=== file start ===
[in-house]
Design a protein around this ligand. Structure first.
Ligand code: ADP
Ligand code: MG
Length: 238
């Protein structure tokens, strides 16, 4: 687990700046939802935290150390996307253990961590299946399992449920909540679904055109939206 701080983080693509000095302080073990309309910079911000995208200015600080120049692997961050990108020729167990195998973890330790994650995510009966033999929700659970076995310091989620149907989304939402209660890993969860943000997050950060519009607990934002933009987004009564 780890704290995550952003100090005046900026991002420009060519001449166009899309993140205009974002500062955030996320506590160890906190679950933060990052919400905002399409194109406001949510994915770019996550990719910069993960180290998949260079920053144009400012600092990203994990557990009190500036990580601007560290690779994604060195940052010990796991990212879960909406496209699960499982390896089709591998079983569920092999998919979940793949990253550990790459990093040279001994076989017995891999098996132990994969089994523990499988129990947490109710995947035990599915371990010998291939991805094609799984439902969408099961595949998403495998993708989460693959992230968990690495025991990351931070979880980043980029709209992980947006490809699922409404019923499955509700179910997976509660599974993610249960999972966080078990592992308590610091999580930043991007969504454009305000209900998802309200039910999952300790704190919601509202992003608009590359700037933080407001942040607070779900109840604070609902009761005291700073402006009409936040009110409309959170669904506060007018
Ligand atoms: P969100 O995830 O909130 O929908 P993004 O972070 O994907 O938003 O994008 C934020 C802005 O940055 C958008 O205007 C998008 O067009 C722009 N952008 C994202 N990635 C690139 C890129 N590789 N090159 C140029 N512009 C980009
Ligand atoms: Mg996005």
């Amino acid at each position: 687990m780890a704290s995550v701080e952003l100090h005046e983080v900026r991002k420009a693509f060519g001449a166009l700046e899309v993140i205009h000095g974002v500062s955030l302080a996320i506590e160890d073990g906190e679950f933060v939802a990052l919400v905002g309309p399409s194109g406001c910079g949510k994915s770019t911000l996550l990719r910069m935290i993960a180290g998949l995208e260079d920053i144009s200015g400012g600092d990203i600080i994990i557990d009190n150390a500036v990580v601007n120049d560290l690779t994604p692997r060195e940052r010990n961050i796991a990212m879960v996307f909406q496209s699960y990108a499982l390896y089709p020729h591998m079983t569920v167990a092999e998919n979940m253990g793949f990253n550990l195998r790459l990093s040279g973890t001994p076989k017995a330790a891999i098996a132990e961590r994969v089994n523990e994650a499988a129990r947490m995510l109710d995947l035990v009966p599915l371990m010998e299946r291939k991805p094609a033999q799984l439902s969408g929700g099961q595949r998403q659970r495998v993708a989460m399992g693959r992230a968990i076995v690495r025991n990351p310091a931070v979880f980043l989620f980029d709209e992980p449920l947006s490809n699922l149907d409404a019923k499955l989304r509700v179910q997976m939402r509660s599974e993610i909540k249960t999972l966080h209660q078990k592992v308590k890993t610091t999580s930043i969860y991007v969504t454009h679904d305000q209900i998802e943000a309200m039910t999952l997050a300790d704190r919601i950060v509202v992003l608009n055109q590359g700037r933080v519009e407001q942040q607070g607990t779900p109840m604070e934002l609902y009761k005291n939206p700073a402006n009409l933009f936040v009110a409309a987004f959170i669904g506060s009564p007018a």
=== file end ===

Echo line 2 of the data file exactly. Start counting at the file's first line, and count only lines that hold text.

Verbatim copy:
Design a protein around this ligand. Structure first.